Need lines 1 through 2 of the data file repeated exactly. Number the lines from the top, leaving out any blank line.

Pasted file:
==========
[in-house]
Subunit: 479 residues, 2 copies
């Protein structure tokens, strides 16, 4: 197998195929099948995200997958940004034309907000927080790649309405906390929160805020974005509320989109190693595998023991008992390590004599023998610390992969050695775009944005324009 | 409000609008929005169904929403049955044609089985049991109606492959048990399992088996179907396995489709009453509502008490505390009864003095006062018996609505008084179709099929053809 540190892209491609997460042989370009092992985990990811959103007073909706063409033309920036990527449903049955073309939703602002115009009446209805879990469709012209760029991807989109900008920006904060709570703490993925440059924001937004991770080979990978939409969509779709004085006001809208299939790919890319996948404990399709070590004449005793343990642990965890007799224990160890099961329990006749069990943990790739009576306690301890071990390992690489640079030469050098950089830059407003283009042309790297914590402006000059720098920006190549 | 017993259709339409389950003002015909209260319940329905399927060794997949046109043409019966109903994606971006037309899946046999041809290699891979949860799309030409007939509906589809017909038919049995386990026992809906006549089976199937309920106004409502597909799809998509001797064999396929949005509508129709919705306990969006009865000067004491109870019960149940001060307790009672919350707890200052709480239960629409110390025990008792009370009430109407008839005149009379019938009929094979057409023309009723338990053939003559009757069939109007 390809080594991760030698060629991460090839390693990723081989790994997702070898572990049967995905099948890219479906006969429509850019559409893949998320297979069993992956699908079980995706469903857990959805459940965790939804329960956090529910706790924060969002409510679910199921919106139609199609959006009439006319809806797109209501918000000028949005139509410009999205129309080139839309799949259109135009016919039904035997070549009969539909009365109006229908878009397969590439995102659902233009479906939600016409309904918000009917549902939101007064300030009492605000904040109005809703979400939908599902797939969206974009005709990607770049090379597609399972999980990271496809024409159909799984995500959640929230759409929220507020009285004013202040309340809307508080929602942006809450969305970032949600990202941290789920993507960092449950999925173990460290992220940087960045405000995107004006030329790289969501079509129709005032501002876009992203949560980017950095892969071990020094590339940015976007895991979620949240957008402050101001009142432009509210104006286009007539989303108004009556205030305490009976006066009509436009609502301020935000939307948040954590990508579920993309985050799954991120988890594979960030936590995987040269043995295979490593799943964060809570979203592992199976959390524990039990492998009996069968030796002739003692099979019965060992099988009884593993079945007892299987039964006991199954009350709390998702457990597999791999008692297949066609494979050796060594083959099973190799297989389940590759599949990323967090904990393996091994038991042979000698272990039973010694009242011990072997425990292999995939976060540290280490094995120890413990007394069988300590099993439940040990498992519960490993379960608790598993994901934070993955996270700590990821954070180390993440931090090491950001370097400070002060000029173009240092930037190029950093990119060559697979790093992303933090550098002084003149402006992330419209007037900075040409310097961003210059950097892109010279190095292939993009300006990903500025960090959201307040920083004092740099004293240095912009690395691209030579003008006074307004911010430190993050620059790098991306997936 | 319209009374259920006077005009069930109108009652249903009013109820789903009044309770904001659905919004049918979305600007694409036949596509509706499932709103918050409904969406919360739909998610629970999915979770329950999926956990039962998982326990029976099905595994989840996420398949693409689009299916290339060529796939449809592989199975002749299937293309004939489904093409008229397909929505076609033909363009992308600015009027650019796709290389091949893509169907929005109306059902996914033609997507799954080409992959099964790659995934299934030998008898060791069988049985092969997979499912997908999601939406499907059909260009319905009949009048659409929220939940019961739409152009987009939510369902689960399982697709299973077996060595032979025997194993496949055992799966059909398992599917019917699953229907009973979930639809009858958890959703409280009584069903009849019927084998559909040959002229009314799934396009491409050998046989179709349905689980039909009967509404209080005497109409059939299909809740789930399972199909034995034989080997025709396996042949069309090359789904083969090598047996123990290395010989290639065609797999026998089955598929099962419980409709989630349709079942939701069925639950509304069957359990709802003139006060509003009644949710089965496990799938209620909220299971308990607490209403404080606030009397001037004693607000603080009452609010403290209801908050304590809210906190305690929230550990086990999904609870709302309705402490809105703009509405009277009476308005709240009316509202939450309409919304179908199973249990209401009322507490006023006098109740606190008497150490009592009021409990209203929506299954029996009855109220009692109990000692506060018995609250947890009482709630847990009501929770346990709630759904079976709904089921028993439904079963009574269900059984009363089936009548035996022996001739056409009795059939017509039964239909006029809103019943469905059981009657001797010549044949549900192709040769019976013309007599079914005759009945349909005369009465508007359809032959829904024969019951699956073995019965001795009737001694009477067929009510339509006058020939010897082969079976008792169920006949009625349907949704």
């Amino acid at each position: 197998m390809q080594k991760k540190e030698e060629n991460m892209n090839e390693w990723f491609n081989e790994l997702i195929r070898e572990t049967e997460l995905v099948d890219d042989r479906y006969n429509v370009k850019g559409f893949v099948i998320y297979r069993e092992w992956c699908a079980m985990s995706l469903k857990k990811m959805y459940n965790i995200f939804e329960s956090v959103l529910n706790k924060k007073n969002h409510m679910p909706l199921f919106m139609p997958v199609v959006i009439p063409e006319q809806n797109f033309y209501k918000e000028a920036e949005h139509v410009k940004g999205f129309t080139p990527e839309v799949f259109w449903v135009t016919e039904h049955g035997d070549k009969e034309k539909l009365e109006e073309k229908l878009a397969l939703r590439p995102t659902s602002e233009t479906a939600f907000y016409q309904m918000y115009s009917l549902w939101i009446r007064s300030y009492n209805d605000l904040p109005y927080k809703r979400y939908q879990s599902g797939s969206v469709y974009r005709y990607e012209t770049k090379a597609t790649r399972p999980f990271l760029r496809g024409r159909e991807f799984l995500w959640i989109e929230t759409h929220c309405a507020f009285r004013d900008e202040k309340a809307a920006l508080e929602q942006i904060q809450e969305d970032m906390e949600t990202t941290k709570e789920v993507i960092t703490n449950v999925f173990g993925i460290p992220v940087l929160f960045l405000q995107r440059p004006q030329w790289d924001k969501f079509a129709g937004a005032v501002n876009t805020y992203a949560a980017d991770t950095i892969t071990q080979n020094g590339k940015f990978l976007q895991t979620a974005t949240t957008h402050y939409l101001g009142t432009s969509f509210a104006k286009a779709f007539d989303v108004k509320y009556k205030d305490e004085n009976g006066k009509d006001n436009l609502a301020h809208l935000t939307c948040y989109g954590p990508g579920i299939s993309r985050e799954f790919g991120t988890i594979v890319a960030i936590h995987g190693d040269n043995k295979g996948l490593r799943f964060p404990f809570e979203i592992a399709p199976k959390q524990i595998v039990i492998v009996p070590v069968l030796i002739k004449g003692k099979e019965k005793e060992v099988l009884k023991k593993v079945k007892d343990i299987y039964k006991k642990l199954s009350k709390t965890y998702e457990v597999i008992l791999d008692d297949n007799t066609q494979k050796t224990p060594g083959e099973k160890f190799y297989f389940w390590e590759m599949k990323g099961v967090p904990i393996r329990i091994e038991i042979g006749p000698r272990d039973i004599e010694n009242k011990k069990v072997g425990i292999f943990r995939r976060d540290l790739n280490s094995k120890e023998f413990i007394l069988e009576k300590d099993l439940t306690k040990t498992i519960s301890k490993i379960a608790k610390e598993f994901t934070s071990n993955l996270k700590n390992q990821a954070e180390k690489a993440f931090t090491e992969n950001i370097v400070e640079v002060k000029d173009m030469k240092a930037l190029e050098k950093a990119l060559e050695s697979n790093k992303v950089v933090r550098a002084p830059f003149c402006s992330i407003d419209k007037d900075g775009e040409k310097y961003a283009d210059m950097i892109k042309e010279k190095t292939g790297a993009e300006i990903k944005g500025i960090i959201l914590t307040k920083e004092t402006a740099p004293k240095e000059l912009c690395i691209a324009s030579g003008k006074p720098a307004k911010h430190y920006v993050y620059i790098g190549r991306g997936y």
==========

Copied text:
[in-house]
Subunit: 479 residues, 2 copies